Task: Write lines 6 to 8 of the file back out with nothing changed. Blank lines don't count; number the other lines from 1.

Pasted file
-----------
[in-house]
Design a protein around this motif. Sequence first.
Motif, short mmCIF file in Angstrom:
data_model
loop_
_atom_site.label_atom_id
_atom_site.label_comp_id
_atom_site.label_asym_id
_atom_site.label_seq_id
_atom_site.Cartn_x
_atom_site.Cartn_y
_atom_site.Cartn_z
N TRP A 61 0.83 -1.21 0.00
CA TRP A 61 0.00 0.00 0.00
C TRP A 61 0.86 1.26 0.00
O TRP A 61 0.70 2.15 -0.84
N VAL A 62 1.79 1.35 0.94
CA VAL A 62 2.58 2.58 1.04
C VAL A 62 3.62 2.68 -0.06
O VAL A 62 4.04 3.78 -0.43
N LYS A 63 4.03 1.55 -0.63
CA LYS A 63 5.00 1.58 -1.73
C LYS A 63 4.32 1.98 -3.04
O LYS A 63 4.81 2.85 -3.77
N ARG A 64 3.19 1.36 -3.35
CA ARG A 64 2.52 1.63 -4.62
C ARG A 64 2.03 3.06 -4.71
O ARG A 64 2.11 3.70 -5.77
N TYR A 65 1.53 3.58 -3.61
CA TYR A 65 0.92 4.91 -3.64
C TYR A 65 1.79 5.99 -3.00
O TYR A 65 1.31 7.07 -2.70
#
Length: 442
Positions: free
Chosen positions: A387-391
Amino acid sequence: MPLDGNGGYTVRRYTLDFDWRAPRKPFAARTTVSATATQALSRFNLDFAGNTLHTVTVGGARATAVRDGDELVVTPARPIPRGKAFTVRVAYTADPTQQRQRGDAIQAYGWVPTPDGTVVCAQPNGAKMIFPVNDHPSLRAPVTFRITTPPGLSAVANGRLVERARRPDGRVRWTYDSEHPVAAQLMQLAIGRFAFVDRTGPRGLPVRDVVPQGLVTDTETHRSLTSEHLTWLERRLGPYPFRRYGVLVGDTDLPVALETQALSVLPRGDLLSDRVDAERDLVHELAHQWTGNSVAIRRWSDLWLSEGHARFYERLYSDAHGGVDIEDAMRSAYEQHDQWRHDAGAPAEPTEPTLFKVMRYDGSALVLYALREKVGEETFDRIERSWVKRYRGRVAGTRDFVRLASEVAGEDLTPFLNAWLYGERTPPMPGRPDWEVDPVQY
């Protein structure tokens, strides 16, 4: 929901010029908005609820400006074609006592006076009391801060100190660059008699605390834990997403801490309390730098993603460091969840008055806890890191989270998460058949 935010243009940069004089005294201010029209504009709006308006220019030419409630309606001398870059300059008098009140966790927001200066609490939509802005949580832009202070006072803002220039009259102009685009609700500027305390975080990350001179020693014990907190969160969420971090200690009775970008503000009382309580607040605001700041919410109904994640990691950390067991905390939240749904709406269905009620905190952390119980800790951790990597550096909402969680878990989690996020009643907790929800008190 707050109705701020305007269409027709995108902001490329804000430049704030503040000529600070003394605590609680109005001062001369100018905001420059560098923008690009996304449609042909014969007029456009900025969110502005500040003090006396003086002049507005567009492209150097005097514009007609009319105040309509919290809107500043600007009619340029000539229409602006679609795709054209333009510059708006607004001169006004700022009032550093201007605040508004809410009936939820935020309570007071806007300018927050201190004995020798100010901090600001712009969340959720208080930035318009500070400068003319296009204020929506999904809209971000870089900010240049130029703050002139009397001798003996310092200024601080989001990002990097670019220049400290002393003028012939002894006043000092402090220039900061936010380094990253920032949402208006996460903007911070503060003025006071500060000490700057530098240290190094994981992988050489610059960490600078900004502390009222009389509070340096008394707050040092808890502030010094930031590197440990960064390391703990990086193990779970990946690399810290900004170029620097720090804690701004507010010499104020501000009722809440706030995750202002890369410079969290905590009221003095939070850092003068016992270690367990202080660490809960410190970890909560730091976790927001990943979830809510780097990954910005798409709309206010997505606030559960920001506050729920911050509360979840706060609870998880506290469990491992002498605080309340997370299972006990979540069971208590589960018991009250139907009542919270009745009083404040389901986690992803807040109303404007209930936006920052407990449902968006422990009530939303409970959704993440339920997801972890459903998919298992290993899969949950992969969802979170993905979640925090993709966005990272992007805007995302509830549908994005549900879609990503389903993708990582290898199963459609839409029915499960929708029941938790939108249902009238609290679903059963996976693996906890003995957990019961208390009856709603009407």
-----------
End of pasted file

_atom_site.label_atom_id
_atom_site.label_comp_id
_atom_site.label_asym_id